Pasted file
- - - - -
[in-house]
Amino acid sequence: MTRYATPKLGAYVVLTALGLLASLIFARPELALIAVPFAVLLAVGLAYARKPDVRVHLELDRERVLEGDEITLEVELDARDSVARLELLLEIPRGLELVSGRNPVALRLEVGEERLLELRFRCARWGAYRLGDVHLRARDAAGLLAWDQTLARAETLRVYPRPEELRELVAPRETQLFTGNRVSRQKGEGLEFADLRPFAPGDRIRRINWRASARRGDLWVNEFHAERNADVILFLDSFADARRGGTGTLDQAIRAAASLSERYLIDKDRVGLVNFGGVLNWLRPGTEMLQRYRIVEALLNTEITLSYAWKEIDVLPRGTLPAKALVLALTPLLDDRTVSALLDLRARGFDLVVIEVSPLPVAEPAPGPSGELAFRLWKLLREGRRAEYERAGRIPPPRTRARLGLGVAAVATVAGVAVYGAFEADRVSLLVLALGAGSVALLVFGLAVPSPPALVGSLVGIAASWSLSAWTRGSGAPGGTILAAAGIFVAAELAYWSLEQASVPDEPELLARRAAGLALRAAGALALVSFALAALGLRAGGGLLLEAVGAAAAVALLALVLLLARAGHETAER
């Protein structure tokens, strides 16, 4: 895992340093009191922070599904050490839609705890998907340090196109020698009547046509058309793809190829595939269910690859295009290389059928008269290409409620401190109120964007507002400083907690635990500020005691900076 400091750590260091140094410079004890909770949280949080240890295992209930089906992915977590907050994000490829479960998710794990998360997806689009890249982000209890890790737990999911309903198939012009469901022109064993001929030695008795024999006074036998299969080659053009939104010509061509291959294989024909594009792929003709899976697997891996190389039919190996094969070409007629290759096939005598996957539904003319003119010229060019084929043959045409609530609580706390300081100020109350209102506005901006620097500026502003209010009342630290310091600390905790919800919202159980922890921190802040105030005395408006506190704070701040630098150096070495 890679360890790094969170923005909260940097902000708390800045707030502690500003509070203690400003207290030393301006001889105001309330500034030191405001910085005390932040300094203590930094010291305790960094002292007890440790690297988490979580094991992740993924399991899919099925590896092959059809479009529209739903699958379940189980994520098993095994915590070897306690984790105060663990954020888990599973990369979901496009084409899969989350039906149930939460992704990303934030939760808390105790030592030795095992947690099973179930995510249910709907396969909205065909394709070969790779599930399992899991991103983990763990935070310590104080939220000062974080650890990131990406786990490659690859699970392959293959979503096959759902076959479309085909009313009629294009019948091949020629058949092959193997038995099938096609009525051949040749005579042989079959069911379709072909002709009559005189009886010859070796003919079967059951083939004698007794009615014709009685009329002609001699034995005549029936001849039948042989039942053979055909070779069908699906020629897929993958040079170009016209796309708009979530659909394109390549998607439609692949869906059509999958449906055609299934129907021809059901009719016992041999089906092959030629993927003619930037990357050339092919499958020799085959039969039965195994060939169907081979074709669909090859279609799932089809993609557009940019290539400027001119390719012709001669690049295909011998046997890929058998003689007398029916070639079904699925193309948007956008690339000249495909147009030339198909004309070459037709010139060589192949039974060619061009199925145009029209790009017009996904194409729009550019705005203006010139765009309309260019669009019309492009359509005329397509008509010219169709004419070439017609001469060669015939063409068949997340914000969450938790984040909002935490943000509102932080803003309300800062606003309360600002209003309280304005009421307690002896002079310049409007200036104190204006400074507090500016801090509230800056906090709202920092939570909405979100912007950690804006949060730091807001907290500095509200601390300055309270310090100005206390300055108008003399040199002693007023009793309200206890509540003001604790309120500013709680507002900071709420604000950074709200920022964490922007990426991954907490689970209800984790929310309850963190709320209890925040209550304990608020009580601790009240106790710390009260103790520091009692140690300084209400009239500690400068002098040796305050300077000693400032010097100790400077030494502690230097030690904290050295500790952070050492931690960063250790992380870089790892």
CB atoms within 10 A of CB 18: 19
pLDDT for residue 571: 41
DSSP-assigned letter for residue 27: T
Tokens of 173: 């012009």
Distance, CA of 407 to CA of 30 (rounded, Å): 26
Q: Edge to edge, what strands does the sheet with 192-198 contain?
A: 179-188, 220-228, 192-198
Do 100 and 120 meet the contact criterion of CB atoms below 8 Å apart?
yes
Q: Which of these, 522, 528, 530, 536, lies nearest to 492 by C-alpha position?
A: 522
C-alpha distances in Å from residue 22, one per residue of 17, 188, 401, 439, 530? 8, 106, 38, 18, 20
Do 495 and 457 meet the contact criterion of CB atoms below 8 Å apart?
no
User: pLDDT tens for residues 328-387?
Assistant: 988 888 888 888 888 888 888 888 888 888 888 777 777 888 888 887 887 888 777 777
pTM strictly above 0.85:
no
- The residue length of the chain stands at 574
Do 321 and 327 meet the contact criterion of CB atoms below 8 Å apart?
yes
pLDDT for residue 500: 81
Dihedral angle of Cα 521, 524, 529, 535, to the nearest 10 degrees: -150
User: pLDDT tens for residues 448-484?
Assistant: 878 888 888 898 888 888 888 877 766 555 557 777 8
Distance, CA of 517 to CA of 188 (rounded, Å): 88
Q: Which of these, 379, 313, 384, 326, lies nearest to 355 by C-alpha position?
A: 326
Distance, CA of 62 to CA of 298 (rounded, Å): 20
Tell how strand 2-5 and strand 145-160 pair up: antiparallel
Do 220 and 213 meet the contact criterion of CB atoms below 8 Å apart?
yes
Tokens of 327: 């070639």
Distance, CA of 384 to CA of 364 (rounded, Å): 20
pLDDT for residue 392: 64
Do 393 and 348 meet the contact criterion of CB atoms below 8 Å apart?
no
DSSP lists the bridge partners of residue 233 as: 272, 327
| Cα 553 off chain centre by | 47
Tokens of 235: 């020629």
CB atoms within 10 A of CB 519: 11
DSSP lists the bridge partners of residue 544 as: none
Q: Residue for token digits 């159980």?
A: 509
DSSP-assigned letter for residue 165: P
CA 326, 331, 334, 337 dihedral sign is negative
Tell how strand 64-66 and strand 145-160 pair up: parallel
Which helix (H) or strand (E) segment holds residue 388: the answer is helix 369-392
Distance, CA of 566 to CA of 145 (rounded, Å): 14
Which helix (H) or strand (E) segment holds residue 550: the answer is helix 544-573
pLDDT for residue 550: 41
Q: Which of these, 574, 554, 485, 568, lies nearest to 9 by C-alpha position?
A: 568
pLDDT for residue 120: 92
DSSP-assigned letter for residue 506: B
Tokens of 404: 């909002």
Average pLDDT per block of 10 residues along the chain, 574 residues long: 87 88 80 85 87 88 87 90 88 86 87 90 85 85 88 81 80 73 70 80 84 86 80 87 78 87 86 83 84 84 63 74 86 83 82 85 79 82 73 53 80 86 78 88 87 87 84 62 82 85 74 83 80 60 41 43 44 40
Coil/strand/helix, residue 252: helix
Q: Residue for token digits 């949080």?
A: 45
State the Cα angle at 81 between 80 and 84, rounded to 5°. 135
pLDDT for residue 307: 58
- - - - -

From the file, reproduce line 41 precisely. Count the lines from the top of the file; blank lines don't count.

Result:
DSSP lists the bridge partners of residue 233 as: 272, 327